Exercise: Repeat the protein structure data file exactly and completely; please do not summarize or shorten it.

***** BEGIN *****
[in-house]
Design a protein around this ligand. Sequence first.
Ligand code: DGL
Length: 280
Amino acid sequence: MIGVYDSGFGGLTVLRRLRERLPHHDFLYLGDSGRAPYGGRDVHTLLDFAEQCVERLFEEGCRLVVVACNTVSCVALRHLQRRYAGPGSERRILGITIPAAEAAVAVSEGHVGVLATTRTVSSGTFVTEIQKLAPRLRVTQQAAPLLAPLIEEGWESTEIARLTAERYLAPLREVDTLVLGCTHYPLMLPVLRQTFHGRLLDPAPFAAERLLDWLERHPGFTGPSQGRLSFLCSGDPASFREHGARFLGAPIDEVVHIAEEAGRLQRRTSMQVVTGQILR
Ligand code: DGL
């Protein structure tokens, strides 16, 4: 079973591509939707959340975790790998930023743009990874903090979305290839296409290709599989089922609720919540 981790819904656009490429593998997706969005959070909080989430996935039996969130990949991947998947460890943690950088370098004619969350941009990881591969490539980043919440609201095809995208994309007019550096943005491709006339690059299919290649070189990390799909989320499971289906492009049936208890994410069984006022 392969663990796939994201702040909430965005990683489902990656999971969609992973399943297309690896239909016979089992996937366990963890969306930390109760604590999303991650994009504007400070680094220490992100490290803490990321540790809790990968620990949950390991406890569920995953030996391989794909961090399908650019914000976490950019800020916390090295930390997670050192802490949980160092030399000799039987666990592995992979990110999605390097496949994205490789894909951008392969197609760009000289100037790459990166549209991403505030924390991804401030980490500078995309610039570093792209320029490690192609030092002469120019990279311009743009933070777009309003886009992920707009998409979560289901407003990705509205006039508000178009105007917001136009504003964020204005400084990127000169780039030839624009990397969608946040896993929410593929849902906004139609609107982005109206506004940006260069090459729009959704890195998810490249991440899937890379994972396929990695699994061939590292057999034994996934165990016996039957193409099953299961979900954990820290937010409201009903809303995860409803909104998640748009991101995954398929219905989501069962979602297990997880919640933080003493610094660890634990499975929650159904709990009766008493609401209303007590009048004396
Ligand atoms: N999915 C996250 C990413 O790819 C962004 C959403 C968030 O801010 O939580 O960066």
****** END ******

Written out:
[in-house]
Design a protein around this ligand. Sequence first.
Ligand code: DGL
Length: 280
Amino acid sequence: MIGVYDSGFGGLTVLRRLRERLPHHDFLYLGDSGRAPYGGRDVHTLLDFAEQCVERLFEEGCRLVVVACNTVSCVALRHLQRRYAGPGSERRILGITIPAAEAAVAVSEGHVGVLATTRTVSSGTFVTEIQKLAPRLRVTQQAAPLLAPLIEEGWESTEIARLTAERYLAPLREVDTLVLGCTHYPLMLPVLRQTFHGRLLDPAPFAAERLLDWLERHPGFTGPSQGRLSFLCSGDPASFREHGARFLGAPIDEVVHIAEEAGRLQRRTSMQVVTGQILR
Ligand code: DGL
């Protein structure tokens, strides 16, 4: 079973591509939707959340975790790998930023743009990874903090979305290839296409290709599989089922609720919540 981790819904656009490429593998997706969005959070909080989430996935039996969130990949991947998947460890943690950088370098004619969350941009990881591969490539980043919440609201095809995208994309007019550096943005491709006339690059299919290649070189990390799909989320499971289906492009049936208890994410069984006022 392969663990796939994201702040909430965005990683489902990656999971969609992973399943297309690896239909016979089992996937366990963890969306930390109760604590999303991650994009504007400070680094220490992100490290803490990321540790809790990968620990949950390991406890569920995953030996391989794909961090399908650019914000976490950019800020916390090295930390997670050192802490949980160092030399000799039987666990592995992979990110999605390097496949994205490789894909951008392969197609760009000289100037790459990166549209991403505030924390991804401030980490500078995309610039570093792209320029490690192609030092002469120019990279311009743009933070777009309003886009992920707009998409979560289901407003990705509205006039508000178009105007917001136009504003964020204005400084990127000169780039030839624009990397969608946040896993929410593929849902906004139609609107982005109206506004940006260069090459729009959704890195998810490249991440899937890379994972396929990695699994061939590292057999034994996934165990016996039957193409099953299961979900954990820290937010409201009903809303995860409803909104998640748009991101995954398929219905989501069962979602297990997880919640933080003493610094660890634990499975929650159904709990009766008493609401209303007590009048004396
Ligand atoms: N999915 C996250 C990413 O790819 C962004 C959403 C968030 O801010 O939580 O960066």